At the end of 2019, KU Leuven’s Research Integrity Reporting Desk received a complaint about possible image manipulation in publications of which the Leuven professor Catherine Verfaillie was a (co-)author. Following investigation, the university’s Commission on Research Integrity concluded that there were no breaches of research integrity in the publications examined.
In 2019, the university’s Research Integrity Reporting Desk received complaints about possible image manipulation in a number of publications. Even the media reported on this. KU Leuven took these reports very seriously, as it does with all reports about possible breaches of research integrity. The university’s Commission on Research Integrity (CRI) has investigated these complaints over the past months and has now completed its final report.
A laborious task
“The integrity of research is essential for trust in research as a reliable source of information. Integrity is inherent to who we are and what we stand for,” says Rector Luc Sels. “If, at any point, doubts arise about that integrity, we as a university must take our responsibility. This means, among other things, that the university must analyse each complaint in great detail, check whether there is indeed a problem and examine whether there is an impact on the conclusions of the academic research or the publication.
“For each dossier, the CRI sets up an investigation committee that carries out the actual investigation. The investigated publications are often the result of many years of work, and reviewing and analysing the original data requires time and patience. Moreover, the CRI applies a strict procedure that allows those involved to be heard and exercise their right of response. In this dossier, the Commission also involved a renowned external expert who confirmed the Commission’s findings,” adds the Rector.
In accordance with the applicable regulations, the CRI examined four recent publications. Other universities have examined those publications for which they were competent.
From the investigation conducted by the Leuven Commission and the confirmation thereof by the external expert, it is apparent that there was no breach of research integrity in the publications investigated. It is true that a limited number of figures contained an inaccuracy that is not in line with the high standards that are rightly set for scientific figures. Nevertheless, a thorough study of all aspects of the case has shown that these figures were composed in good faith and that there can be no question of an infringement of research integrity.
Professor Catherine Verfaillie was explicitly mentioned in the media as co-author of the publications and supervisor of the researchers concerned. She had already rectified problems that she had noticed in the publications under investigation before any mention was made of them. She was not aware of the other problems until the time of the complaint. The CRI also points to the efficiency of the quality assurance system used by Professor Verfaillie. Thanks to this system, the investigation committee had access to all the raw data of the publications concerned and the experiments could be checked in detail. The investigation showed that there was no intention to misrepresent results.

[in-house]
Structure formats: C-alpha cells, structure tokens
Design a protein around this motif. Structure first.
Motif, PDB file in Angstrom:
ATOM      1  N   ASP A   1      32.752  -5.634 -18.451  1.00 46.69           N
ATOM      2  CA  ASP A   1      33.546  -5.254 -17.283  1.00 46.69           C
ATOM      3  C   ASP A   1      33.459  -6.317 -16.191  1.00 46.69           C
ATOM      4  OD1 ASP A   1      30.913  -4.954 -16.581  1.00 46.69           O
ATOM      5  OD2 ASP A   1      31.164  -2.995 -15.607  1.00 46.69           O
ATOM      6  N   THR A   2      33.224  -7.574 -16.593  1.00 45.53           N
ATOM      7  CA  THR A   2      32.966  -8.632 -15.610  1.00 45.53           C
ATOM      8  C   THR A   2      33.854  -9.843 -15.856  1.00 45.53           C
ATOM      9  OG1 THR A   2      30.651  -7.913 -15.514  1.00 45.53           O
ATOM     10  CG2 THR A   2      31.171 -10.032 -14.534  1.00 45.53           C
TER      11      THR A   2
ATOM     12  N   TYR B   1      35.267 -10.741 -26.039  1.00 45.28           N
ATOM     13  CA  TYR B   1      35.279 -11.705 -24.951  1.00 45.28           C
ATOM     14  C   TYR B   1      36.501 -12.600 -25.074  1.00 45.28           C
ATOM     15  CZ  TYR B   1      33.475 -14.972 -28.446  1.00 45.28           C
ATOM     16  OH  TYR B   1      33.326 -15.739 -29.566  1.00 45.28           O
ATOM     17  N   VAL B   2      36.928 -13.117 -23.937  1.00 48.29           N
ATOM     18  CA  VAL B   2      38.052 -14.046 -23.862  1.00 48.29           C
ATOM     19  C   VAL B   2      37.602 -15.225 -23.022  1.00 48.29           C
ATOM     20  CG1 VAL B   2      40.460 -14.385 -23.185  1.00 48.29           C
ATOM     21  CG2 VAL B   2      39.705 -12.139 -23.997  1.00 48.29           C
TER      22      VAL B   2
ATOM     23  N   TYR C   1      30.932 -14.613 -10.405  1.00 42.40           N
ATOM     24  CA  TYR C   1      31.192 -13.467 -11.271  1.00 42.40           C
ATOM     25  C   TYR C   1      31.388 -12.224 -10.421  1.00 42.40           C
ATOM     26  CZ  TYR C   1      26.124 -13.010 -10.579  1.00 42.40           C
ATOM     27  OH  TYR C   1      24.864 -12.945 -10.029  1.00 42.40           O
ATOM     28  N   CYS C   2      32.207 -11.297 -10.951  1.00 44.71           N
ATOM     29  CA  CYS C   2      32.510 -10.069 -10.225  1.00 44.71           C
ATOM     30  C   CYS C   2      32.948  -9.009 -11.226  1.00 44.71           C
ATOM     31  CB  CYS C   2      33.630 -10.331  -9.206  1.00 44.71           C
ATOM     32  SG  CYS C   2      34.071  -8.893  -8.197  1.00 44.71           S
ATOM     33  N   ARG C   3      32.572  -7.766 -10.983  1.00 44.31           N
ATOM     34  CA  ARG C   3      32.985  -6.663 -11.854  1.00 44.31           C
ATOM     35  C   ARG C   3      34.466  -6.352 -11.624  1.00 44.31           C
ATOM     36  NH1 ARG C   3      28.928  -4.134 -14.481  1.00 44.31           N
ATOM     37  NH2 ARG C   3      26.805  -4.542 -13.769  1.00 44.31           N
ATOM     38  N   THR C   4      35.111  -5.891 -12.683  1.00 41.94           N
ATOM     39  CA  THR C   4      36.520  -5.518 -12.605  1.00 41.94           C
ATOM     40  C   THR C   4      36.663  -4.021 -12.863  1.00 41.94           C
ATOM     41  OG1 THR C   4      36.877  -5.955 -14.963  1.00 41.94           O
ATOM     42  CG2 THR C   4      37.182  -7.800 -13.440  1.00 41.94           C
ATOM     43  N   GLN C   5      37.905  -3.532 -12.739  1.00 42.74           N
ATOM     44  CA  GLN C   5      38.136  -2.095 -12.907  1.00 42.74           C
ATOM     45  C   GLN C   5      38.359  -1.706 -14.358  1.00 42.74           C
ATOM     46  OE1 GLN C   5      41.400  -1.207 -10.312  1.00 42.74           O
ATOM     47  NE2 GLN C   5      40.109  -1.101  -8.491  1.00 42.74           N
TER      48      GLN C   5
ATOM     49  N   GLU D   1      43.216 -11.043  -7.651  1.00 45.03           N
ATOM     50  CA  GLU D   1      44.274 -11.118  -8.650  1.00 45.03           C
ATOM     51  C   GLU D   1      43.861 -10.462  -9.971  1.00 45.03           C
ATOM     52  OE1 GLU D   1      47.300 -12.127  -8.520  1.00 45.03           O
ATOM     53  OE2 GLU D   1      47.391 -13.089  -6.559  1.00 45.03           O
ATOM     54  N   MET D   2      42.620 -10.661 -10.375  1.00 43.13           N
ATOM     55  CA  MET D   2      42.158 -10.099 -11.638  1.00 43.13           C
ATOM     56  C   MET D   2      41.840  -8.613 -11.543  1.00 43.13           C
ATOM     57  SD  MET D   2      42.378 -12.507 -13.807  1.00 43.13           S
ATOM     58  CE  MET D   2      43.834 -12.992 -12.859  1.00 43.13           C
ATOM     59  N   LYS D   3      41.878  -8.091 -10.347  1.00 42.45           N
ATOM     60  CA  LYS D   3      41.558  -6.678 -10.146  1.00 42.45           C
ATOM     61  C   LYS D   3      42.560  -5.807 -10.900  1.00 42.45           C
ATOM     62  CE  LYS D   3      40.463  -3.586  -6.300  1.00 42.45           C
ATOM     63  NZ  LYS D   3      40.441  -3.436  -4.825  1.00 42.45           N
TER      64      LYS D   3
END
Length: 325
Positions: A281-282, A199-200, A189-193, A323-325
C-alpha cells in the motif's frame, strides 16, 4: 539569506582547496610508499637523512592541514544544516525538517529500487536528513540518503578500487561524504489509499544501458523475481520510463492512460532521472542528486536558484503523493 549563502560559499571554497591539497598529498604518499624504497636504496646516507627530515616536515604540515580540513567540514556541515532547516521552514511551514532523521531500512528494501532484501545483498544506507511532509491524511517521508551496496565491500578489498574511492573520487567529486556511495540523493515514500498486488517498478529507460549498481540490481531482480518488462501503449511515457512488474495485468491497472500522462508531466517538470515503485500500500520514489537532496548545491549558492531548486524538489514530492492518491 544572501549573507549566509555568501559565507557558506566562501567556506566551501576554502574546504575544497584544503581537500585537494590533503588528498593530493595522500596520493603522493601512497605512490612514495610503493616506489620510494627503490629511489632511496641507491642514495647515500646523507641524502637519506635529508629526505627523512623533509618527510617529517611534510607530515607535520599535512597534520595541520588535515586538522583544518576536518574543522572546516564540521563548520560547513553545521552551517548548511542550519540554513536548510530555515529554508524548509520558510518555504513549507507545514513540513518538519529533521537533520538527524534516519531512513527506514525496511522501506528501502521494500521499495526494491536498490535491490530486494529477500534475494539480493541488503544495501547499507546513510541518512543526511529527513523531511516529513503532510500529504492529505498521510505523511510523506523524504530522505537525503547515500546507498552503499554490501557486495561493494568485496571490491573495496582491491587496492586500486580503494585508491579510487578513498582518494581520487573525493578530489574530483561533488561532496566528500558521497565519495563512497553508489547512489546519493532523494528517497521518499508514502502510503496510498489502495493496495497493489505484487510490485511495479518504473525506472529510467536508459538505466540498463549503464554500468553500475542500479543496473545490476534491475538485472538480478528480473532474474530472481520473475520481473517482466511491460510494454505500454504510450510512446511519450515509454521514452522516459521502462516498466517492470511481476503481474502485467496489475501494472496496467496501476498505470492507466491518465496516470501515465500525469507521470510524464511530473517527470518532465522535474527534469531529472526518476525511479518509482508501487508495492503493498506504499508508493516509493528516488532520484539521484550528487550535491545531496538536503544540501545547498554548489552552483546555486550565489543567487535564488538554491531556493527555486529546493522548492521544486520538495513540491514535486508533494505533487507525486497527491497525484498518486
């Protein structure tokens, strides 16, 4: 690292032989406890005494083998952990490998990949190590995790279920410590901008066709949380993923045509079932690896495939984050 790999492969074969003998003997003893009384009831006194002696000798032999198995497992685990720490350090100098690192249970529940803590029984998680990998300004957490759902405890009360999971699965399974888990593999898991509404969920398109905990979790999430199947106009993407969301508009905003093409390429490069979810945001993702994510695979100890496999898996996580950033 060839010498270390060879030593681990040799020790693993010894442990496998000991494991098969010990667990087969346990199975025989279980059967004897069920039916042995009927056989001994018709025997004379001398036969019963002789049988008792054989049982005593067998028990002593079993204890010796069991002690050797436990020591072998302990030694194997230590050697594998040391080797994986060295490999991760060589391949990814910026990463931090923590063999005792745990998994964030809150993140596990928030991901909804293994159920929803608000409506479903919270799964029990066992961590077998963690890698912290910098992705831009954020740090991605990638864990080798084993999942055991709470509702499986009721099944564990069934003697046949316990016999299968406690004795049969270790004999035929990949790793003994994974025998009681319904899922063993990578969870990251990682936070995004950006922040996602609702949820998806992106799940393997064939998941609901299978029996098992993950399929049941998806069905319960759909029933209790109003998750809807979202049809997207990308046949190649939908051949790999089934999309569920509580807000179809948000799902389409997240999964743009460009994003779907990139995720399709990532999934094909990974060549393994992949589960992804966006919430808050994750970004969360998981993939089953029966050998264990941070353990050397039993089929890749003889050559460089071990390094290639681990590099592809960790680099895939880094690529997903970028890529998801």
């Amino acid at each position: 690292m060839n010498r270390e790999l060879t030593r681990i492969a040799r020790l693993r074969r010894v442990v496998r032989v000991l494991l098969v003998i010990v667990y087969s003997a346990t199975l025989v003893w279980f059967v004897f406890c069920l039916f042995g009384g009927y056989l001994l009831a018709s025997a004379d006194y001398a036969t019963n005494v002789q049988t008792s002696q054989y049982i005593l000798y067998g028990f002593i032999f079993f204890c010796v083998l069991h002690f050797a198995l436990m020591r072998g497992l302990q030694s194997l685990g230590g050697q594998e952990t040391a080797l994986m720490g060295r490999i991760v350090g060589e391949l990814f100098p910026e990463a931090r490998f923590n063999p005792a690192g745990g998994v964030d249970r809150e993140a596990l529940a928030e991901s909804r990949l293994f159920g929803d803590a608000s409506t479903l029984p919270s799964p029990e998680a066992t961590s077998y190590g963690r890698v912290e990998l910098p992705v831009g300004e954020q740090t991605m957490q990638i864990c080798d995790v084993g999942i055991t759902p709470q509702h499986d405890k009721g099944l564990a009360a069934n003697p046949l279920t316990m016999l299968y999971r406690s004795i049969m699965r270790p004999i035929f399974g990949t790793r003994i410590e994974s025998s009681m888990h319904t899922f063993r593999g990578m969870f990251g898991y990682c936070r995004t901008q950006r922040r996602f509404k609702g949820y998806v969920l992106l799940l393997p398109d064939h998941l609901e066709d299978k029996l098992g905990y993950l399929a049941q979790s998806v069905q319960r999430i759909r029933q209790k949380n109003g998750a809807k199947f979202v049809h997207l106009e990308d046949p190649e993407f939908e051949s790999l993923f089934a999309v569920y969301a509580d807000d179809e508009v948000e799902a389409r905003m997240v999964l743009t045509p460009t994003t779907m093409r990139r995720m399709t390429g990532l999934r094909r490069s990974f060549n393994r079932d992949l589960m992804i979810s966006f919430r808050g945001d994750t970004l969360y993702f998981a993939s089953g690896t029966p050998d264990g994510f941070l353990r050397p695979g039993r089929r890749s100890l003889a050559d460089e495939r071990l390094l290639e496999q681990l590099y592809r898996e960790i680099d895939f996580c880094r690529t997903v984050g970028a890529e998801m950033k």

On the basis of these findings, the CRI has concluded that Professor Verfaillie cannot be blamed for any breach of research integrity.
Transparency, but no need for naming and shaming
“Over the past few years, we have put a great deal of effort into guarding that integrity, and further developing a culture of integrity. This goes far beyond analysing and following up complaints,” emphasises rector Sels. “It does not start with remedial work such as starting a procedure after a complaint. At that moment, it is actually already too late. Developing a culture of integrity implies, above all, an extensive preventive process, including – among others – compulsory training on research integrity for all PhD researchers and new professors, training and mentoring, as well as measures aimed at an open dialogue, the transparent handling of breaches – the anonymous summaries of the complaints handled can be found on the integrity website of KU Leuven – a good whistle-blower policy, and so on. We have been building on this intensively for several years now, together with the Commission on Research Integrity. It is always our intention to take further steps, such as providing powerful and user-friendly follow-up tools and continuing to focus on awareness and training.”
“Wherever appropriate, the CRI will identify breaches that may vary from minor to serious. I am in favour of transparency about those breaches, but I do regret that the complaints were made public so early on in the process, which was beyond our control, before our Commission could do its work,” he adds. “The CRI must be allowed to carry out its investigations with due respect for privacy and the rights of defence, without preconceptions or influence of other parties. These have been turbulent times for the researchers involved. Either way, no one benefits from naming and shaming or a witch-hunt, regardless of the phase of the investigation. We therefore want to protect our researchers against gratuitous reports or complaints via public forums even before an investigation could be carried out. There is an essential difference between expressing a suspicion and openly naming and shaming. Moreover, the support for and efforts to stimulate and monitor integrity are at risk of being compromised in the process. That, too, is dangerous. However, that does not change the fact that every breach is one too many. We will continue to take any report or complaint seriously and, if necessary, take appropriate action.